First trip without Mum and Dad

SINGAPORE, 25 April 2023: Skyscanner has unveiled its latest report, ‘First Trip with Skyscanner’, which illuminates the factors considered by young adults planning to embark on their first “grown-up” trip without parents or guardians. 

Conducted across Australia, India, South Korea, and Singapore, the survey gathered insights from over 5,000 young travellers. The findings revealed a strong inclination among 18 to 25-year-olds to embark on their first trip earlier in their youth, with more than half having already done so before the age of 21 and at least 1 in 3 planning to do so in the future. 

Taking your first overseas trip represents a significant milestone for numerous young adults worldwide. For certain individuals, it might occur after receiving their very first paycheck, while for others, it could be a celebratory excursion following graduation. 

Sharing her thoughts on the report, Skyscanner’s Travel Trends and Destination Expert, Cyndi Hui said, “At Skyscanner, we recognise that a desire for independence and autonomy drives today’s young travellers. They seek experiences that empower them to explore the world on their terms and are excited to take this first step without parental or guardian supervision at a young age. 

“Our report is strategically scheduled ahead of the graduation and school holiday periods in Australia, India, Singapore, and South Korea. By now revealing the preferences and considerations of young travellers, this presents an opportune moment for travel to utilise these insights. Collectively, we can assist young travellers in effectively planning ahead of their first trip and making it a journey they can call their own.”

Key Highlights from the report 

All bases covered: From planning to landing, young travellers are taking charge of charting their path to newfound independence for their coming of age; approximately 70% across APAC plan trip itineraries before jetting off, and around 1 in 2 plan the itineraries themselves. Even with lesser “grown-up money”, young travellers are committed to fund their trips. Around 70% intend to use their savings or tap into their salaries, and less than half use money from their parents or guardians. 

Safety (and Savings) First: Young travellers in APAC prioritise safety and budget when planning their first trips without their parents or guardians abroad. Safety ranks highest for young travellers in India (63%) and South Korea (54%). Conversely, young Australian (78%) and Singaporean (58%) travellers emphasise budget more.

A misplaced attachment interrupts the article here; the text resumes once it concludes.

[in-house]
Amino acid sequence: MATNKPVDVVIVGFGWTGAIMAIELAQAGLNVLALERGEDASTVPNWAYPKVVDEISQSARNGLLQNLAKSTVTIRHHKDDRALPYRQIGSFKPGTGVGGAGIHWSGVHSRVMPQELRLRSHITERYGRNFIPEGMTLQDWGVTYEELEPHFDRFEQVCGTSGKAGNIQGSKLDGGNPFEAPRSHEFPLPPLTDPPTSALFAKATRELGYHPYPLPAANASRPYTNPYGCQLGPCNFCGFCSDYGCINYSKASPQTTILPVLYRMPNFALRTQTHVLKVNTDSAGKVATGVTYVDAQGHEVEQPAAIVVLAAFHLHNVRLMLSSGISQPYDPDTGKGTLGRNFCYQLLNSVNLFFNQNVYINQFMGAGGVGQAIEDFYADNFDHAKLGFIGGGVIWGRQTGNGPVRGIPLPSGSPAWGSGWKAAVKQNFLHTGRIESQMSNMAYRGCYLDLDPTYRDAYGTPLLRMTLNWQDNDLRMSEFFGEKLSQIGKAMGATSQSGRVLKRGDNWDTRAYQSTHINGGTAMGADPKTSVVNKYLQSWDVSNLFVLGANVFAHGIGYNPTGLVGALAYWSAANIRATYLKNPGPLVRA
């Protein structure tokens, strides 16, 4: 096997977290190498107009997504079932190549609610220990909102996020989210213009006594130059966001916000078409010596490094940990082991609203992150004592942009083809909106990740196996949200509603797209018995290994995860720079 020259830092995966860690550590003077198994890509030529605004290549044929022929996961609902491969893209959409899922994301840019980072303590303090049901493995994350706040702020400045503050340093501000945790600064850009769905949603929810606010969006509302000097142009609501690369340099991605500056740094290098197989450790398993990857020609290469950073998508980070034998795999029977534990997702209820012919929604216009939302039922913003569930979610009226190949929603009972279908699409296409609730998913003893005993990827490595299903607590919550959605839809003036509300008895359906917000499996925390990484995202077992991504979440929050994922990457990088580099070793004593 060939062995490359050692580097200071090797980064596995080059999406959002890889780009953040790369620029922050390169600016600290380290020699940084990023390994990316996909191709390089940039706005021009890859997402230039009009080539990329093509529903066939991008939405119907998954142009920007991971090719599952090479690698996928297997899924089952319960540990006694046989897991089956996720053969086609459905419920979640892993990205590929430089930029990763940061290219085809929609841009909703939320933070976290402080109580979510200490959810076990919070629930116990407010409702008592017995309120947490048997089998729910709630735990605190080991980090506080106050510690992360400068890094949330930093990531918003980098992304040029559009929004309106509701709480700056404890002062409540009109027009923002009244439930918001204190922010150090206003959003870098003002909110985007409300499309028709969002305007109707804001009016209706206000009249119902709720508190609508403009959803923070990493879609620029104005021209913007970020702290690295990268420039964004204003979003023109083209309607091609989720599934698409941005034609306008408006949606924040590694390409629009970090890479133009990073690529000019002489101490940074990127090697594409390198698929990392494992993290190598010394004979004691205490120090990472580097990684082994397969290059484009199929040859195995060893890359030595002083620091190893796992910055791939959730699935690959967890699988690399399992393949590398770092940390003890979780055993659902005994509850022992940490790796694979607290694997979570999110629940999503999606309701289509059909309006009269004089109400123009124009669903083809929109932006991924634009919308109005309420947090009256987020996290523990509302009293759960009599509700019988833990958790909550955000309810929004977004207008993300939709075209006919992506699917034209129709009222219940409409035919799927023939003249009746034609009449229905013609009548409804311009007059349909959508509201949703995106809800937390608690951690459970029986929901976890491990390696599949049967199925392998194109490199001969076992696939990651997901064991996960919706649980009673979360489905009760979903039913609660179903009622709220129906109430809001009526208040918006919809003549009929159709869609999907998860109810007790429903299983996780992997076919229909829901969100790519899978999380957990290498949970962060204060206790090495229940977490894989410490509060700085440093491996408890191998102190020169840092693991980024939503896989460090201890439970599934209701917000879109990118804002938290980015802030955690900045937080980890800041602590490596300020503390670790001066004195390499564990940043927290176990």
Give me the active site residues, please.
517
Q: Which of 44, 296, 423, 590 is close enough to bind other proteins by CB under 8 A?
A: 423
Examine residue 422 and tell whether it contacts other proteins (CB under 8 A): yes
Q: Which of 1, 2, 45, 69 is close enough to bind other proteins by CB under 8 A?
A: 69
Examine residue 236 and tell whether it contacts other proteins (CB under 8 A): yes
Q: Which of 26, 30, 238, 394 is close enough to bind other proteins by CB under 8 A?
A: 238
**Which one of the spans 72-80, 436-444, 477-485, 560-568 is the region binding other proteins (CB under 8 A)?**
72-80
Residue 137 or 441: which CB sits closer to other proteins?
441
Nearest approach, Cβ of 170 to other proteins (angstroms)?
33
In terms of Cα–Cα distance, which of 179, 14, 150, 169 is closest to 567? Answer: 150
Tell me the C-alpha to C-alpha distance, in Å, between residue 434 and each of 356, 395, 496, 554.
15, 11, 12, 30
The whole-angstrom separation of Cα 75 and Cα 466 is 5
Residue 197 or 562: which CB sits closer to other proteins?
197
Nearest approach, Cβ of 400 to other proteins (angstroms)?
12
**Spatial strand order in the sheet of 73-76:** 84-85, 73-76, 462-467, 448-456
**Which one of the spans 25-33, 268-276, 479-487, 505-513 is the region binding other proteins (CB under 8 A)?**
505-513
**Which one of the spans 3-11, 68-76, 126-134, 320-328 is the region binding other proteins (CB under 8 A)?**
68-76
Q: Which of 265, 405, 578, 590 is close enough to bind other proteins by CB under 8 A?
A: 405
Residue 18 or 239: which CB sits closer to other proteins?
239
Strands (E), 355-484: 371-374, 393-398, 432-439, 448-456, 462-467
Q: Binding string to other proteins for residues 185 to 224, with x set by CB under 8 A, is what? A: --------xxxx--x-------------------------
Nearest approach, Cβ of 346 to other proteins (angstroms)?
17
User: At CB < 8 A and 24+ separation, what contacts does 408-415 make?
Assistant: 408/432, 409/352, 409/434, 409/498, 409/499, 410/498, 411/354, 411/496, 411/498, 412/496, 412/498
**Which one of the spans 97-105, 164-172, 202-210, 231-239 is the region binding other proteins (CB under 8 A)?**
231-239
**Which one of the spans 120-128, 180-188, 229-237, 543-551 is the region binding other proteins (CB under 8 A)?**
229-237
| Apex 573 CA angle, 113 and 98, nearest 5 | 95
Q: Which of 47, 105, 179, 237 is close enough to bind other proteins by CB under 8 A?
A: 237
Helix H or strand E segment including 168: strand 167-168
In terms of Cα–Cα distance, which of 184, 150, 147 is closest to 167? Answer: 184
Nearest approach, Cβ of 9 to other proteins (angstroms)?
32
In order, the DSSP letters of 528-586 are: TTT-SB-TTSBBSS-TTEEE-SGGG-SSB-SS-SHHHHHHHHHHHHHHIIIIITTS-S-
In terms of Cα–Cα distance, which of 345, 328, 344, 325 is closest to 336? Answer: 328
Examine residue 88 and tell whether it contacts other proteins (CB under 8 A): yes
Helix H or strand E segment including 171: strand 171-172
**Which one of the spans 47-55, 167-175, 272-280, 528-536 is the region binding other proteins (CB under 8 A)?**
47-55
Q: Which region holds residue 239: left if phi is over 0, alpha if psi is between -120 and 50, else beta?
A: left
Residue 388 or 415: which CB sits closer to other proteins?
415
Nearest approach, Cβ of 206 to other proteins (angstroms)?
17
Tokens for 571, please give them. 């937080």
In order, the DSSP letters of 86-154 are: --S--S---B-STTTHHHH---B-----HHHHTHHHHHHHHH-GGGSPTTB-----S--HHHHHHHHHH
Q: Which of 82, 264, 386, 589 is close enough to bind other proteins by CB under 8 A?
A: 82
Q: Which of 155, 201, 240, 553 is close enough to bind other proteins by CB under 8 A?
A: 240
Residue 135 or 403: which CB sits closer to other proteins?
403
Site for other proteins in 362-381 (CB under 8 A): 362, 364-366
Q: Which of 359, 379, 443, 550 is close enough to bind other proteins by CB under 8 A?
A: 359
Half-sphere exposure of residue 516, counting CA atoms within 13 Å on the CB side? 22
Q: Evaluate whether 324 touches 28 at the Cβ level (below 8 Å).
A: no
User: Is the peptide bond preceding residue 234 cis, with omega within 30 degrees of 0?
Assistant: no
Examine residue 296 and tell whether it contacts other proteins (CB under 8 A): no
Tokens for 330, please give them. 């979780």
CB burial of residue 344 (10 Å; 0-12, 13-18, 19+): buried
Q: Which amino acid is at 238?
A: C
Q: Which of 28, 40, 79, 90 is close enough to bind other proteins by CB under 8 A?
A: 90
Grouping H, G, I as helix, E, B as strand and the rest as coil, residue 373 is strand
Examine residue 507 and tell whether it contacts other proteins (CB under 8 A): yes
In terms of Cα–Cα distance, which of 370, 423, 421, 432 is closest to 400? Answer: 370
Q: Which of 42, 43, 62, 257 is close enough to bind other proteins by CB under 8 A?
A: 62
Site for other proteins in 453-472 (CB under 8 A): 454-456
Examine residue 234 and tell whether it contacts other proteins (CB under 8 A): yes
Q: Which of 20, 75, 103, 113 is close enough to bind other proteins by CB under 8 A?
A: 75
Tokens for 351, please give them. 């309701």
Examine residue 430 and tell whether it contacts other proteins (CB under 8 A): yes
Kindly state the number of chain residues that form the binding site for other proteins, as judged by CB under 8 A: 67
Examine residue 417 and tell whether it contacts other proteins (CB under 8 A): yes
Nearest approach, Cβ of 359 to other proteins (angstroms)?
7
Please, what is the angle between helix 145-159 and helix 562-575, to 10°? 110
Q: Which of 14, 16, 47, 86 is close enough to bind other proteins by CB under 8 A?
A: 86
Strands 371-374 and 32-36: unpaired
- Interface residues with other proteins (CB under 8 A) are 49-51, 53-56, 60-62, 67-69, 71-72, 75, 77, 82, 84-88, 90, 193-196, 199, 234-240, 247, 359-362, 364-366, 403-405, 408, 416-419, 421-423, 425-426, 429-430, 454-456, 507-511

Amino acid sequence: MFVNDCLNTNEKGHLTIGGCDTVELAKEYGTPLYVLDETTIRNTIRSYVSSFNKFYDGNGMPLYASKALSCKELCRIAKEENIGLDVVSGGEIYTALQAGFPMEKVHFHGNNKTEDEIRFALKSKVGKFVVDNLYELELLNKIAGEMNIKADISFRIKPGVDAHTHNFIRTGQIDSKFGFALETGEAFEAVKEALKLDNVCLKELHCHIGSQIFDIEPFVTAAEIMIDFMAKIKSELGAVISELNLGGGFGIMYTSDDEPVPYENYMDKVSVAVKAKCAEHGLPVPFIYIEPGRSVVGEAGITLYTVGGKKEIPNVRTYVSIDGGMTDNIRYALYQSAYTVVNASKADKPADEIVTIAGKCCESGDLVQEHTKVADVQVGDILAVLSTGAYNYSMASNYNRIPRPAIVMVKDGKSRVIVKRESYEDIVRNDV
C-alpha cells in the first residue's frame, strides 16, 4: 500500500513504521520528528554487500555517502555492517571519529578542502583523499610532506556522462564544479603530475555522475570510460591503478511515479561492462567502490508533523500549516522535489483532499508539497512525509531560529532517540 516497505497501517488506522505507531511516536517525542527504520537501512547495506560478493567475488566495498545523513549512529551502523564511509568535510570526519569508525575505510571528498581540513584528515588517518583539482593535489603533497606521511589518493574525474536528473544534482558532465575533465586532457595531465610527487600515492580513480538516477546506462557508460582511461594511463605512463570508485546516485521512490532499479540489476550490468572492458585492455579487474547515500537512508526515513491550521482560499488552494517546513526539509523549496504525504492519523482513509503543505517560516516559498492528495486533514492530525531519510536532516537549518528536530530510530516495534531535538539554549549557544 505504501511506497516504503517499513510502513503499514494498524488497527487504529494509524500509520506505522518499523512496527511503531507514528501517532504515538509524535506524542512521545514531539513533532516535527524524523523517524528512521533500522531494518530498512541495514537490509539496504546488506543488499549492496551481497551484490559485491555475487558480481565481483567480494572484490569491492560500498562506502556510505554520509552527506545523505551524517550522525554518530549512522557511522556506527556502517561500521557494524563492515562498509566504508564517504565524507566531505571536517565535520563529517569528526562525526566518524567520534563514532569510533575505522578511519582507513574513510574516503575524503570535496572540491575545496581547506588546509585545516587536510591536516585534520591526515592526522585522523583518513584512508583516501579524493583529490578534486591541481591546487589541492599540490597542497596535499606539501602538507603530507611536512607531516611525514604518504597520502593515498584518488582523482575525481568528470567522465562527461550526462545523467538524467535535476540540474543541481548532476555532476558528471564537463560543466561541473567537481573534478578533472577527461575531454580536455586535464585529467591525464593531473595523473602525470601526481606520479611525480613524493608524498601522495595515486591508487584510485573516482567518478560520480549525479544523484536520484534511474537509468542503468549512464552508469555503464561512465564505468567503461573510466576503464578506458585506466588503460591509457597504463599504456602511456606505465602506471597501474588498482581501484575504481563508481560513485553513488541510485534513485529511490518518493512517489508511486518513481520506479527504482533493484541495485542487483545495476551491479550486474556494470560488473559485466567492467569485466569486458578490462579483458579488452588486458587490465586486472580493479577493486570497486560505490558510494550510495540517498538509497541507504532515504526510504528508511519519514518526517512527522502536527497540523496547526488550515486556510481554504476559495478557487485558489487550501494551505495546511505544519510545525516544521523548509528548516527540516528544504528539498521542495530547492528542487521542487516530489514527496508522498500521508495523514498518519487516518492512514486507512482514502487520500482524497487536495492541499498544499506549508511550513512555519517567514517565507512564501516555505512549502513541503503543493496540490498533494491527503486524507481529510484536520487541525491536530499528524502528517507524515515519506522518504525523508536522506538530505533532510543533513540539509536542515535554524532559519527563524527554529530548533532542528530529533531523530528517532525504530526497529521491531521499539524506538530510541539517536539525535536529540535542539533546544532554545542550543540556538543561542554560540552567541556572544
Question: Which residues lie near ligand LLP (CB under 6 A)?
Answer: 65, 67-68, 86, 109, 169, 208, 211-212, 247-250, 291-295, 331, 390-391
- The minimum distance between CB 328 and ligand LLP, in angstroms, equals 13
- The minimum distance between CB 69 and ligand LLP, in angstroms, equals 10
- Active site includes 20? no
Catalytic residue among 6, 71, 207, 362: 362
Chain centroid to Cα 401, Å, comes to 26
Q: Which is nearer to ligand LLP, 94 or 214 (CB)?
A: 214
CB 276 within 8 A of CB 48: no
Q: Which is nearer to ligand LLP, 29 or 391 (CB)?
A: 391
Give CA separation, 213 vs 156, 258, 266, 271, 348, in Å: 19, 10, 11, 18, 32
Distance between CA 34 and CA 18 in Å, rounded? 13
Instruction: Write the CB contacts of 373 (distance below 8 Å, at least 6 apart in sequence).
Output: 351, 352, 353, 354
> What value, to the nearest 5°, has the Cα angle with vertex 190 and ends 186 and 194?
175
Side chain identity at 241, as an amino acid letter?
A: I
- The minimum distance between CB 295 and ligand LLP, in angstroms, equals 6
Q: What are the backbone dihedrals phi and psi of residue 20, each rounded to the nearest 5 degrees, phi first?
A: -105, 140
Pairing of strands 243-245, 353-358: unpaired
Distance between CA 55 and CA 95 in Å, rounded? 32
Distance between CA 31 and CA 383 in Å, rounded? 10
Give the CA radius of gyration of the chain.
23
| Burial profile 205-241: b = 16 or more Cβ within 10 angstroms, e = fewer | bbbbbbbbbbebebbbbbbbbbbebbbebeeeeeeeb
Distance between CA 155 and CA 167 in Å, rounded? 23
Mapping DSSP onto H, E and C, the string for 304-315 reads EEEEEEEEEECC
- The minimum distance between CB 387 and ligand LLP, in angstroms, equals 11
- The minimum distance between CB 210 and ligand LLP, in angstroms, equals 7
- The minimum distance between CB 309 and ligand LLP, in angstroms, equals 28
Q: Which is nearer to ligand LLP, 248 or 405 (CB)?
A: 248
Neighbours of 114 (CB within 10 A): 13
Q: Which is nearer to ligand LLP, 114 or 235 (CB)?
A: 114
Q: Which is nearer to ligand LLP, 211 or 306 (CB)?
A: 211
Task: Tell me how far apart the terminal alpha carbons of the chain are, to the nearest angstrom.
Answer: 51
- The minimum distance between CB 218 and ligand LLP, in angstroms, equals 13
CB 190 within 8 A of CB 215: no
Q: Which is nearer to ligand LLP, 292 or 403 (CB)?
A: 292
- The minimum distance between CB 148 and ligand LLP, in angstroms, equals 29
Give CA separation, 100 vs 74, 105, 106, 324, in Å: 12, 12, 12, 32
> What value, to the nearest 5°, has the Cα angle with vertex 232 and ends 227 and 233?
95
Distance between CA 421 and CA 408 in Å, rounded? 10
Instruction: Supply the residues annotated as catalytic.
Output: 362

WFO – Work from Overseas: With the rise of digital nomads and more governments granting work visas for inbound travellers, the prospect of living or working overseas is becoming more achievable. Notably, young travellers from India (47%), Australia (37%) and Singapore (33%) are motivated to travel to discover places to live or work in the future. In particular, 3 in 5 young Australians are likely to travel where work takes them, whether interstate or overseas. Similarly, more than half (65%) of Singaporeans is likely to use their travel to decide their next city to live or work in.

European Summer: From Southeast Asia to Europe, young travellers in APAC travel or intend to travel worldwide. Notably, 55% of travellers from APAC, spanning various age groups, are eyeing Europe as their destination, coinciding with European summertime.

Gen Zen: With their newfound freedom, young travellers are determined pursue what they want through travel. For some, exploring the endless wonders that the world has to offer to enrich themselves is what motivates their first unsupervised trip (1 in 2), while others seek an escapism to recharge from the hustle and bustle of life (45%).

Spill the Tea: Despite Gen Zs being digital natives, around 1 in 2 young travellers in Singapore, India, and Australia still prefer to get travel recommendations from their parents and friends. On the contrary, young South Korean travellers rely most on online search platforms (56%) for advice in planning their trips.
For more information and to download the full report, visit


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